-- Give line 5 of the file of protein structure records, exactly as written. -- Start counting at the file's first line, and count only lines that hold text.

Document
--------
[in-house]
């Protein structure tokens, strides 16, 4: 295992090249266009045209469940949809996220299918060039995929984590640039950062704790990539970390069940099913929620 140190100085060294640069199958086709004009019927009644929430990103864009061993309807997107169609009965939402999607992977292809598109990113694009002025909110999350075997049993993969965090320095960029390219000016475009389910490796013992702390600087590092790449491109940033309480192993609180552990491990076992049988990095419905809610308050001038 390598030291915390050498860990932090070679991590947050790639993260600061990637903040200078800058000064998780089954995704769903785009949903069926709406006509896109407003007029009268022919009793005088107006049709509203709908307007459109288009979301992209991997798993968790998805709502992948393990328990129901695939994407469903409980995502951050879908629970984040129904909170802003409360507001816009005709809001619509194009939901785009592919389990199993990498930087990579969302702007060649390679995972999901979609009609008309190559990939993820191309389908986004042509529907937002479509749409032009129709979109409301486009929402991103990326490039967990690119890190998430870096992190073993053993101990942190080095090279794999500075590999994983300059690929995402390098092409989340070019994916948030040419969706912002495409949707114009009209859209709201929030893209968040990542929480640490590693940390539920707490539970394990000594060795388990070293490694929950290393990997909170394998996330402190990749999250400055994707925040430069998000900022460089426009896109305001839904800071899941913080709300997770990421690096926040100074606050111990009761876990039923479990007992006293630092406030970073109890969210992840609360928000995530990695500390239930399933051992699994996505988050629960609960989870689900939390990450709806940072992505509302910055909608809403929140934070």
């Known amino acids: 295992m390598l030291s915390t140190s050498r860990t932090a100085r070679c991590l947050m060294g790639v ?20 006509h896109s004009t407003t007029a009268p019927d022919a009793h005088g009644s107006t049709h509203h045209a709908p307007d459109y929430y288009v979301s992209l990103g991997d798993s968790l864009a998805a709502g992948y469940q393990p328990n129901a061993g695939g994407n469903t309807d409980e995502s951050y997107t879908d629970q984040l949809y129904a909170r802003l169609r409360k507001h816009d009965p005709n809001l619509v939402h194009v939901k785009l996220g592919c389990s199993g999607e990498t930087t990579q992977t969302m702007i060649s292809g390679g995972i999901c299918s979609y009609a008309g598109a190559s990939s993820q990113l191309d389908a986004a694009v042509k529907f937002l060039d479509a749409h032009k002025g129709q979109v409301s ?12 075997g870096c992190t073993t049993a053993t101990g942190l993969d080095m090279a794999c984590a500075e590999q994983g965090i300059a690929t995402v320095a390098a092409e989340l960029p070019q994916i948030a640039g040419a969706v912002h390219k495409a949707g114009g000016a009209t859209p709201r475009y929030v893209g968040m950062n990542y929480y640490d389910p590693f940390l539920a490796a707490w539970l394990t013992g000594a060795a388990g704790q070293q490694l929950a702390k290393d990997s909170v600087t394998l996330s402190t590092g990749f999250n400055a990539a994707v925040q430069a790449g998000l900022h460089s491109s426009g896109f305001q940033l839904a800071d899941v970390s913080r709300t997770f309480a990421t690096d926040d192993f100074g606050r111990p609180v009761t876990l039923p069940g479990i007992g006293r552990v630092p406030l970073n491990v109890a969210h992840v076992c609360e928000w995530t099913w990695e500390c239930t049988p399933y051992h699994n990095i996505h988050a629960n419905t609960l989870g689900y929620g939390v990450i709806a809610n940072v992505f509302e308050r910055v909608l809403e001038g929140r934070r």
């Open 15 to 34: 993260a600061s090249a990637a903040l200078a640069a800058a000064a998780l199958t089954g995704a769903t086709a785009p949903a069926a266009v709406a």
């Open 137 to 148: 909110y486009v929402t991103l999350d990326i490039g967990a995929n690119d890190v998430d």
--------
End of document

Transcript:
């Open 137 to 148: 909110y486009v929402t991103l999350d990326i490039g967990a995929n690119d890190v998430d």